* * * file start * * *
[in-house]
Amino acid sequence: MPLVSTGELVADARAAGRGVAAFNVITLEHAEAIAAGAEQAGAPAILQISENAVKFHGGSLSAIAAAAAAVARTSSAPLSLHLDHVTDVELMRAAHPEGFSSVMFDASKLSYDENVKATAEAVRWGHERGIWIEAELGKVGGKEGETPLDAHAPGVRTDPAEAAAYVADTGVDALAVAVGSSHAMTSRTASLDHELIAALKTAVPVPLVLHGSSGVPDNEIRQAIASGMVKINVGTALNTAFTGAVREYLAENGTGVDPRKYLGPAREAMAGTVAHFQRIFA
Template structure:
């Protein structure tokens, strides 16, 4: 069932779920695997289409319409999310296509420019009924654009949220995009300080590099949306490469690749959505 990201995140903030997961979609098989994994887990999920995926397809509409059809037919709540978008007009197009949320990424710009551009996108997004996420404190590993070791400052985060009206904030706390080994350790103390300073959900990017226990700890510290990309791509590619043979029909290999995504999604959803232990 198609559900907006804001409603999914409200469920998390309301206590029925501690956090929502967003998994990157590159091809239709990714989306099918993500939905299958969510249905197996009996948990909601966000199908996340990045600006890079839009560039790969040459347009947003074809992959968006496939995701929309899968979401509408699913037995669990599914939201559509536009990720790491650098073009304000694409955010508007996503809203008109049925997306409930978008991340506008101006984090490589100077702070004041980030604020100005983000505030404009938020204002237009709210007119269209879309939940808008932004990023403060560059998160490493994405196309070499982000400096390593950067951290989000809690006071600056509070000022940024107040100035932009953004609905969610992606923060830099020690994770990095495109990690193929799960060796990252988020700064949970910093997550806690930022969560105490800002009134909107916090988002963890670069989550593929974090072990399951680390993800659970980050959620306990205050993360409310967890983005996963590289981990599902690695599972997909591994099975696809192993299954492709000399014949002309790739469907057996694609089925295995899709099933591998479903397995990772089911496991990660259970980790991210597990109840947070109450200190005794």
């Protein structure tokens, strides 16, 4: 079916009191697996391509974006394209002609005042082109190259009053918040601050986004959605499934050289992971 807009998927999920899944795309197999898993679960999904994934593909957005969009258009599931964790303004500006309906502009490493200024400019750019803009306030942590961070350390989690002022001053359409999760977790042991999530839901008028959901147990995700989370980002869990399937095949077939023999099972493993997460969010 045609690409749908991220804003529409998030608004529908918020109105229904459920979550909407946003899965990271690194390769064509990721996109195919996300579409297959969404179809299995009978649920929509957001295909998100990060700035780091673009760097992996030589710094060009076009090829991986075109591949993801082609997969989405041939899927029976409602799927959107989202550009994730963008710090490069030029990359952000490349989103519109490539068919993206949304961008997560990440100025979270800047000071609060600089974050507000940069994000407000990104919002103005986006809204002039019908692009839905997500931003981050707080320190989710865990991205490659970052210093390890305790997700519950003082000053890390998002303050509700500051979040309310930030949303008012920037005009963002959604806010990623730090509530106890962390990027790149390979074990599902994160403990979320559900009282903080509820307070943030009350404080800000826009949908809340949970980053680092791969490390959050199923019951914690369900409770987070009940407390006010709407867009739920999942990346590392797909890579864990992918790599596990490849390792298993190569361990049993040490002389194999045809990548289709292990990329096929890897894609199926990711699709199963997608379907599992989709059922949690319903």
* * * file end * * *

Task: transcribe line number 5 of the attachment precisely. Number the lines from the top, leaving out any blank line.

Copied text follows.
């Protein structure tokens, strides 16, 4: 079916009191697996391509974006394209002609005042082109190259009053918040601050986004959605499934050289992971 807009998927999920899944795309197999898993679960999904994934593909957005969009258009599931964790303004500006309906502009490493200024400019750019803009306030942590961070350390989690002022001053359409999760977790042991999530839901008028959901147990995700989370980002869990399937095949077939023999099972493993997460969010 045609690409749908991220804003529409998030608004529908918020109105229904459920979550909407946003899965990271690194390769064509990721996109195919996300579409297959969404179809299995009978649920929509957001295909998100990060700035780091673009760097992996030589710094060009076009090829991986075109591949993801082609997969989405041939899927029976409602799927959107989202550009994730963008710090490069030029990359952000490349989103519109490539068919993206949304961008997560990440100025979270800047000071609060600089974050507000940069994000407000990104919002103005986006809204002039019908692009839905997500931003981050707080320190989710865990991205490659970052210093390890305790997700519950003082000053890390998002303050509700500051979040309310930030949303008012920037005009963002959604806010990623730090509530106890962390990027790149390979074990599902994160403990979320559900009282903080509820307070943030009350404080800000826009949908809340949970980053680092791969490390959050199923019951914690369900409770987070009940407390006010709407867009739920999942990346590392797909890579864990992918790599596990490849390792298993190569361990049993040490002389194999045809990548289709292990990329096929890897894609199926990711699709199963997608379907599992989709059922949690319903």